In this adventure there is an example of pre-destination. Jason uses a time ring to go back in time to convince the alien creators of the terraforming device not to send it to Earth. It is the information that he provides them that in fact puts this plan in motion.
This is one way to prevent PCs with accurate time travel abilities from easily solving adventures. Once you are involved in events your actions are part of that time line, that if you were to go back you would only succeed in ensuring they happened, because they did.
It could also be used if a PC fails at changing history. Rather than the failure being due to their abilities or luck it is because it would go against the Web of Time. The outcome is the same but the player is assured that there was nothing he could have done to prevent it.
This book was released in 1997 and so the 2003 presented here has little resemblance to our world. While you can simply ignore it you can also embrace it. After all, the Doctor Who universe is not our world.
Yes, Bruce Springsteen was never President in our world but neither was there a Prime Minister Saxon. We’ve never had a large scale alien invasion, there wasn’t a British space program and Earth wasn’t stolen by Daleks.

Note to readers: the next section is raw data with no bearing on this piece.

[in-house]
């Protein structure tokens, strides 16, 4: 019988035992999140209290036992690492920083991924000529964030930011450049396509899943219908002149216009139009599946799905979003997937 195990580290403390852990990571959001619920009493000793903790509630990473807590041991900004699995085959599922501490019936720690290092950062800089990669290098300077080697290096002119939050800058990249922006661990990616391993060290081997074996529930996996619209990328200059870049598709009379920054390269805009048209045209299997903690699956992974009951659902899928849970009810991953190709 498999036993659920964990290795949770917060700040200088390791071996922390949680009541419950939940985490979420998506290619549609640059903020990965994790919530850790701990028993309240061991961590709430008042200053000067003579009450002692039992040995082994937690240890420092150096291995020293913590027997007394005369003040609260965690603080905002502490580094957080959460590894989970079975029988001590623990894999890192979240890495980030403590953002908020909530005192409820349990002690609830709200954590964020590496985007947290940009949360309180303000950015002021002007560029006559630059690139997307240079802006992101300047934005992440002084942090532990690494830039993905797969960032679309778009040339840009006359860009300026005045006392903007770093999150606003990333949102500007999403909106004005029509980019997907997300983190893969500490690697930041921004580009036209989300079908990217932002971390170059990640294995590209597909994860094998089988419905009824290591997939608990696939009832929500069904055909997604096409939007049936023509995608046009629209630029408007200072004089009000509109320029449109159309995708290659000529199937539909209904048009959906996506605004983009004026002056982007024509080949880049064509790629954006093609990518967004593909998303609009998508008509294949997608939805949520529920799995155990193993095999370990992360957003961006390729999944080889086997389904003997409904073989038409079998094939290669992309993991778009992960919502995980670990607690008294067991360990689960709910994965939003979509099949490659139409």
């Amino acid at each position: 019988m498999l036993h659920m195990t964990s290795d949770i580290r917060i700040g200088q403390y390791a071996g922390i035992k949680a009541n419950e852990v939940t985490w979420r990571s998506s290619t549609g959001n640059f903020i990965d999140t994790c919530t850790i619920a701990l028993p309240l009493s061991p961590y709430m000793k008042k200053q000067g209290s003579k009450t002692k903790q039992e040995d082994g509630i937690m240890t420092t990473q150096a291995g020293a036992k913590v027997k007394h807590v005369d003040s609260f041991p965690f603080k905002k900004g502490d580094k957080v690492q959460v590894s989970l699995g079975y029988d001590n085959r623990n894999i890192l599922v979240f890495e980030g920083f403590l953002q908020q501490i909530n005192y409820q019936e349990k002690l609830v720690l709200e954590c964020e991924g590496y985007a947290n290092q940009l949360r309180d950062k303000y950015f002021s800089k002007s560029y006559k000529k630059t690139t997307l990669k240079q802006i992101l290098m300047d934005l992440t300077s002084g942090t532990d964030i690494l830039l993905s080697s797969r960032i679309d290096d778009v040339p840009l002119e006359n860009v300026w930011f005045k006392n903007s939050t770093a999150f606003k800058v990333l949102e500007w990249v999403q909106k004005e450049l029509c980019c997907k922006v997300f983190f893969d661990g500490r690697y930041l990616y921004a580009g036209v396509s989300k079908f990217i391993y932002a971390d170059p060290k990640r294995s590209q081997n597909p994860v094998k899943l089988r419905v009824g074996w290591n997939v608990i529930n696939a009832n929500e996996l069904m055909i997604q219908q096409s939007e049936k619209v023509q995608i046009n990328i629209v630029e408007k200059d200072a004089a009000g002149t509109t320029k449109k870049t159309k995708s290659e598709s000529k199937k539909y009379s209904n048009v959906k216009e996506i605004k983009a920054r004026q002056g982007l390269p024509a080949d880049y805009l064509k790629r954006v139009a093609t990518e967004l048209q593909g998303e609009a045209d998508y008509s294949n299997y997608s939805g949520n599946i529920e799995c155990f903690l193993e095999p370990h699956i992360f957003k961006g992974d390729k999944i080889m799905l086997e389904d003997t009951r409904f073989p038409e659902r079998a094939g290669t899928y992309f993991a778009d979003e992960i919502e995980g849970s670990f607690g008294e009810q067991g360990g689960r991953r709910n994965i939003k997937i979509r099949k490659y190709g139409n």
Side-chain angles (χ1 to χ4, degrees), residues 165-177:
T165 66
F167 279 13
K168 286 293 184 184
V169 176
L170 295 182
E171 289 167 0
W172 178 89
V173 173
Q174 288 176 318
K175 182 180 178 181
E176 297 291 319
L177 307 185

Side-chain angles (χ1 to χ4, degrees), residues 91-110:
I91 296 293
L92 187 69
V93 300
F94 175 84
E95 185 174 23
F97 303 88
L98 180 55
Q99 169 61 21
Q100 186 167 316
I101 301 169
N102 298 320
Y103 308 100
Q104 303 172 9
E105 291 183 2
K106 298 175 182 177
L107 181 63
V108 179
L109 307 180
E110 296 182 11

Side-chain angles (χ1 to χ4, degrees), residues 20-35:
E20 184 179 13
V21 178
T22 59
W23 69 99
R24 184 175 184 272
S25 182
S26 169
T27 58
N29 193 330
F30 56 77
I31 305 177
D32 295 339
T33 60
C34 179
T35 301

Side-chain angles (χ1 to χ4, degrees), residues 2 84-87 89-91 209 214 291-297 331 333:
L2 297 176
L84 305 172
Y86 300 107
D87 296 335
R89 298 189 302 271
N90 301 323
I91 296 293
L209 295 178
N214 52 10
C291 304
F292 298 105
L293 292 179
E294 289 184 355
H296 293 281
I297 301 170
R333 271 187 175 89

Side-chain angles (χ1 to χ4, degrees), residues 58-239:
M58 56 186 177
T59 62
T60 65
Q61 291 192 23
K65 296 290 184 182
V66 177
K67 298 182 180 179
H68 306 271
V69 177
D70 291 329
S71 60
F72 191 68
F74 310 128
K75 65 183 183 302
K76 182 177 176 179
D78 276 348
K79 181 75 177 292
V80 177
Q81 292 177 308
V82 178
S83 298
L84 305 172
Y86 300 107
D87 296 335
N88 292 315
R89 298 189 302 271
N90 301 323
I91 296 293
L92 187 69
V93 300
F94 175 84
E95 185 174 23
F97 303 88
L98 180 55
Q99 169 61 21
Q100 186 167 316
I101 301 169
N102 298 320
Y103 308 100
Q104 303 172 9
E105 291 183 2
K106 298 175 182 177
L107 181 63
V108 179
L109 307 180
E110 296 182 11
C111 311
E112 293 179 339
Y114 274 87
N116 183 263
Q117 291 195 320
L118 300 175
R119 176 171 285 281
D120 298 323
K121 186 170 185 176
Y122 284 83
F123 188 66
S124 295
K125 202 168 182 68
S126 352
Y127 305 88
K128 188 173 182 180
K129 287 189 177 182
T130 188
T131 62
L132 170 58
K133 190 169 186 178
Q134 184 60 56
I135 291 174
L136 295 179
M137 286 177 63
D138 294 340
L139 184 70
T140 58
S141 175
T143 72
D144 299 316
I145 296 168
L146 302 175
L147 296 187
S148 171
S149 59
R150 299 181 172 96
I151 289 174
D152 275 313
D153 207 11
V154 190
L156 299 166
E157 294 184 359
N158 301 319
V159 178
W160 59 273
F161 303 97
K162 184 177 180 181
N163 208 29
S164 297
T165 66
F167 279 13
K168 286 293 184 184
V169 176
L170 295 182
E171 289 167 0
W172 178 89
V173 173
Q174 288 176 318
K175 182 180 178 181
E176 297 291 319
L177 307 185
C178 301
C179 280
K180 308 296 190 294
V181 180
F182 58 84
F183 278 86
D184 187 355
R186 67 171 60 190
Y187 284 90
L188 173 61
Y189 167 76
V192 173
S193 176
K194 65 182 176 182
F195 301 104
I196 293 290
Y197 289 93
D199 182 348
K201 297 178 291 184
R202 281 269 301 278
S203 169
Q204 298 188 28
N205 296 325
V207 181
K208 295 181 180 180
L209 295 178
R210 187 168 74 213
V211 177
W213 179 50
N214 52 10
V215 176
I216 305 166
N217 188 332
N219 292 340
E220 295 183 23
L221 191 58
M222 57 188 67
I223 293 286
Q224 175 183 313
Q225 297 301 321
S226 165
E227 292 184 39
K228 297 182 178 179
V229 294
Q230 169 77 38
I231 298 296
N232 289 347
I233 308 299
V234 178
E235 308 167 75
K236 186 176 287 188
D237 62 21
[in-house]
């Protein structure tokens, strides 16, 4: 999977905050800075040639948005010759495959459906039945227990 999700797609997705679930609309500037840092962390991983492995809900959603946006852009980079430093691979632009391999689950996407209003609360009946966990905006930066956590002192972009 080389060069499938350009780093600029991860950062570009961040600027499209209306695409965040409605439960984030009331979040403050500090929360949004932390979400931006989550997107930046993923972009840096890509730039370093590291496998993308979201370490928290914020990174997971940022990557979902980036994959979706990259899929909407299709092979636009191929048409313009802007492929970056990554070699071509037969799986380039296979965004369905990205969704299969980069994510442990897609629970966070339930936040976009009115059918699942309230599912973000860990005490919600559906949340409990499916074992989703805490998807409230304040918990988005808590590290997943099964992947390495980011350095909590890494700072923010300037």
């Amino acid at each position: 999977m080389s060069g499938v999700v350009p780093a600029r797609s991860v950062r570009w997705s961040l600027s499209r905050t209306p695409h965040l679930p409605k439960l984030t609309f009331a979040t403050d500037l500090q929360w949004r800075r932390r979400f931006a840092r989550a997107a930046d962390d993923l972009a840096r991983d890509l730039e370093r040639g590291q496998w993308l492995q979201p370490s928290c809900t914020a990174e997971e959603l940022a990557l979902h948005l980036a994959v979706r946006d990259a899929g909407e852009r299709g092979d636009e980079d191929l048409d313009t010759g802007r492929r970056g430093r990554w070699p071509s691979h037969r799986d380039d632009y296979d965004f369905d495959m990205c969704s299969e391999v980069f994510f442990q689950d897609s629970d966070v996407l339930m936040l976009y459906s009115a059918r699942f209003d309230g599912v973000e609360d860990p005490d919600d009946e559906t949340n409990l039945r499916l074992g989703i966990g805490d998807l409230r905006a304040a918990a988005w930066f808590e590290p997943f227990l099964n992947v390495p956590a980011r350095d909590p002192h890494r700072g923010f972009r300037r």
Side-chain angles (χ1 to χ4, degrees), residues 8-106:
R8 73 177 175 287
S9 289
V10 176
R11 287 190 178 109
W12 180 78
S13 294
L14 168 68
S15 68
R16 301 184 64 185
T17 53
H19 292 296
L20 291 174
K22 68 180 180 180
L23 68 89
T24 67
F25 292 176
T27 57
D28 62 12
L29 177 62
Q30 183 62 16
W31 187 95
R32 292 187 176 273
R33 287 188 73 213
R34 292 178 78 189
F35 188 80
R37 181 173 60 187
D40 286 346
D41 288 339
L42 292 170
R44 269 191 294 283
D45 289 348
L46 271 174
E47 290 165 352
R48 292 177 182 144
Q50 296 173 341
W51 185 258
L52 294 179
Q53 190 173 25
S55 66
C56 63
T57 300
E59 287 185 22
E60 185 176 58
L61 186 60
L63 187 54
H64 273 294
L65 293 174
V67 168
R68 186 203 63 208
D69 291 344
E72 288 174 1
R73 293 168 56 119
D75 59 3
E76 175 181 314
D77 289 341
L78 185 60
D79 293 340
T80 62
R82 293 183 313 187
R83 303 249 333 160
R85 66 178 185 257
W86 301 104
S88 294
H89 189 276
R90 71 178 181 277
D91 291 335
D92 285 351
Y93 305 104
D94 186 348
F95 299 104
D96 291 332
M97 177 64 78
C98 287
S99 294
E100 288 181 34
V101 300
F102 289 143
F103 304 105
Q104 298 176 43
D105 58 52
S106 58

While the events of the book haven’t been referenced in on-screen adventure it doesn’t mean that it didn’t happen. PCs from the 21st century will know about the terrible outbreak of Agent Yellow that claimed the lives of hundreds of millions and the burst of radiation that sterilised parts of South America, Asia and Turkey.
This allows you to explore the consequences of the story, whether it be attempts at rebuilding, the erection of memorials to those who perished or the political fallout as nations grasp at power and blame each other for the tragedy.
In particular there could be a greater awareness from political powers about the danger of aliens and their technology. This could result in xenophobia but also a greater caution when dealing with alien artefacts.